A single footboard scooter is a somewhat hazardous vehicle in the hands of an inexperienced child, for like a two-wheel bicycle, the scooter is inherently unstable. Unless the scooter is in motion and the child balances his weight on the footboard, the scooter will tip to one side and throw the rider. Or should the scooter jump in the course of travel and the front wheel becomes raised above the ground, the scooter may then swing backward about the rear wheel and throw the rider.
 Far more stable and controllable than a scooter is a conventional tricycle which has a front wheel to which a steering handle is coupled through a steering post, and a pair of rear wheels above which is a seat to accommodate the child. The feet of the seated child engages pedals mounted on the axle of the front wheel.
 But a tricycle is a relatively tame vehicle, for its pedal operation does not permit the tricycle to go very fast. The advantage of a scooter is that it can not only be propelled to travel at high speed, but one can also execute various maneuvers with a scooter, such as jumping over steps to go from a raised to a lower road surface. However, with a conventional single footboard scooter, risks are entailed in executing daring tricks.
 Inasmuch as a scooter in accordance with the invention is in a tricycle format, of prior art interest is the Powell U.S. Pat. No. 2,597,748. The walking and riding vehicle of Powell is provided with a V-shaped tubular metal frame on whose diverging legs are mounted rear end wheels. A front wheel controlled by a steering handle is supported below the apex of the frame. The child grasping the handle can walk the Powell vehicle by walking between the legs, or the vehicle can be used for coasting by standing on foot rest plates attached to the diverging legs.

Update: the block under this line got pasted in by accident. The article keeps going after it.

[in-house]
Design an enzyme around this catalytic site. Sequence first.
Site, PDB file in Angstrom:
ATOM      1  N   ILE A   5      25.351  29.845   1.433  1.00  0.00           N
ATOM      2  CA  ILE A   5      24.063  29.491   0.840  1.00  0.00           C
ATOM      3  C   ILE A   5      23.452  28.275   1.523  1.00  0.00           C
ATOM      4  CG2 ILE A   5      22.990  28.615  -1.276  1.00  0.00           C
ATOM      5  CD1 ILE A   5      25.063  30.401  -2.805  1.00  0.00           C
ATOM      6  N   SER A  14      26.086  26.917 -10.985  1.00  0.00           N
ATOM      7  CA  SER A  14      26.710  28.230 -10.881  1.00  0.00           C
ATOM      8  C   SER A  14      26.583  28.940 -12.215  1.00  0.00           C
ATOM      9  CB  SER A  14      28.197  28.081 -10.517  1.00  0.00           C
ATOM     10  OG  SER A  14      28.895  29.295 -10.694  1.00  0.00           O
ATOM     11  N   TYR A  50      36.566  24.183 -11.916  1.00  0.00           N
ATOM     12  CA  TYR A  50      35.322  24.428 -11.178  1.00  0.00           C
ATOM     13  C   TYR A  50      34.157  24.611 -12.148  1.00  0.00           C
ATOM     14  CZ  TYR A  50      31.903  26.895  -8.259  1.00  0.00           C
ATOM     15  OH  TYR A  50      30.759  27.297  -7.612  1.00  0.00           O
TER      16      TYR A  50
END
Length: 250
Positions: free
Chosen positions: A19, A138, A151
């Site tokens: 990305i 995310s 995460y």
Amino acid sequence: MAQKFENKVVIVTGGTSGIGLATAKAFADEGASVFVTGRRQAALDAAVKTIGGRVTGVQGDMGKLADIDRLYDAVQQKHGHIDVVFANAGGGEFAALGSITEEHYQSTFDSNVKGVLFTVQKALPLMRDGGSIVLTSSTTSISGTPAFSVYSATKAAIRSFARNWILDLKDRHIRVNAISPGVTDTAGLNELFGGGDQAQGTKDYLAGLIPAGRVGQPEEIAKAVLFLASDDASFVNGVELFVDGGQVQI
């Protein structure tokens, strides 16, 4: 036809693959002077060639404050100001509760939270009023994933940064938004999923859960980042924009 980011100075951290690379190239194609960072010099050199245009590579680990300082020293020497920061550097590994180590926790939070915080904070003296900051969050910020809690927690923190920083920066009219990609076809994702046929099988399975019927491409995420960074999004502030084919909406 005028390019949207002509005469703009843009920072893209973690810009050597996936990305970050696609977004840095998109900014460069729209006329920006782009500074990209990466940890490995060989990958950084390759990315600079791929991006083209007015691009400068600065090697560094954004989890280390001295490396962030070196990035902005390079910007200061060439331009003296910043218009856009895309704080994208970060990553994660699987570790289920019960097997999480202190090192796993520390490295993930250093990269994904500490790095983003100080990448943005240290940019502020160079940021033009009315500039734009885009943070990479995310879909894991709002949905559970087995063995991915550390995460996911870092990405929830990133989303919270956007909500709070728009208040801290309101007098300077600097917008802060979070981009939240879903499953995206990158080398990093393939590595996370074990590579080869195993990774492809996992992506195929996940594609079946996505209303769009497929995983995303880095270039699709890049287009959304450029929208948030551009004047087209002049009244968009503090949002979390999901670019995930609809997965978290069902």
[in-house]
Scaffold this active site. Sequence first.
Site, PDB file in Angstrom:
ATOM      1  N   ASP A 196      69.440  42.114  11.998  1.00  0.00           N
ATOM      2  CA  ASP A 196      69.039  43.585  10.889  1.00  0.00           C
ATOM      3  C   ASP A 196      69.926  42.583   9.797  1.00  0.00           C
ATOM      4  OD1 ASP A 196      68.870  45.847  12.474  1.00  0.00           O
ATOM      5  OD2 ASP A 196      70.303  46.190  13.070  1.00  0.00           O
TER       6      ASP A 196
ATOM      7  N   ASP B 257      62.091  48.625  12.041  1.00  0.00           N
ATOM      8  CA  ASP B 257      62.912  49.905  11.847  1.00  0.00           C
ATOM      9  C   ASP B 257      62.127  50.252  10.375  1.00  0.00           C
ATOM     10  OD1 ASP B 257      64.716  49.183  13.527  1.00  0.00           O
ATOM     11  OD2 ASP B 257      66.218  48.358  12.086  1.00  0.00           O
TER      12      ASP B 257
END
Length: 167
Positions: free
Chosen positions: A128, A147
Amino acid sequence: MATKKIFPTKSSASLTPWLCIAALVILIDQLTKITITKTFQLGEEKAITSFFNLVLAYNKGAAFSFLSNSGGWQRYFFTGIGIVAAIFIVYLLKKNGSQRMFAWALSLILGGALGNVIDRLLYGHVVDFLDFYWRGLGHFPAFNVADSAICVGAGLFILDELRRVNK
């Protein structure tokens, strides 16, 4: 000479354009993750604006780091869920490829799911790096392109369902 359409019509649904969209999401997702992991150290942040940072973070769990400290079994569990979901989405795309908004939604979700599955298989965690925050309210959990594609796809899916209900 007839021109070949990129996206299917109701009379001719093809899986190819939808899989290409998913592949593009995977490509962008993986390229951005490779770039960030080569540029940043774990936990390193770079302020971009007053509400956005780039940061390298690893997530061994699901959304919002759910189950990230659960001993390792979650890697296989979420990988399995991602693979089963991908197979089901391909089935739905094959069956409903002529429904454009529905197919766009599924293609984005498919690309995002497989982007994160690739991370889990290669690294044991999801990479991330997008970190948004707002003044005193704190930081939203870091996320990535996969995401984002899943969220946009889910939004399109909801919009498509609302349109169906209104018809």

The tri-skater shown in the Holter U.S. Pat. No. 5,039,121 has a V-shaped frame on which footboards are mounted, rear skate casters being coupled to the rear of the footboards. A handle-controlled front wheel is coupled to the apex of the frame. The Holter vehicle is propelled by a rider who grasps the handle and stands on the footboards, the rider shifting his weight alternately from side to side as if he were ice skating.
 The three-wheeled scooter type vehicle disclosed in the Shelton U.S. Pat. No. 4,540,192 is forwardly propelled by body movement of the rider by means of two rearwardly extending foot support frames pivotally connected to a front steering column. The foot support frames are provided with caster wheels which are yieldably tensioned to propel the vehicle in a direction of forward travel when the foot support frames are laterally moved.
 Disclosed in the Winchell U.S. Pat. Nos. 4,071,261, 4,076,270 and 4,088,338, in the Biskup U.S. Pat. No. 4,165,093 and in the Williams U.S. Pat. No. 4,047,732 are three-wheeled cambering vehicles. In these cambering vehicles, foot rests are provided in a V-formation, the vehicle being propelled by the rider shifting his weight in a timed sequence from one foot to the other.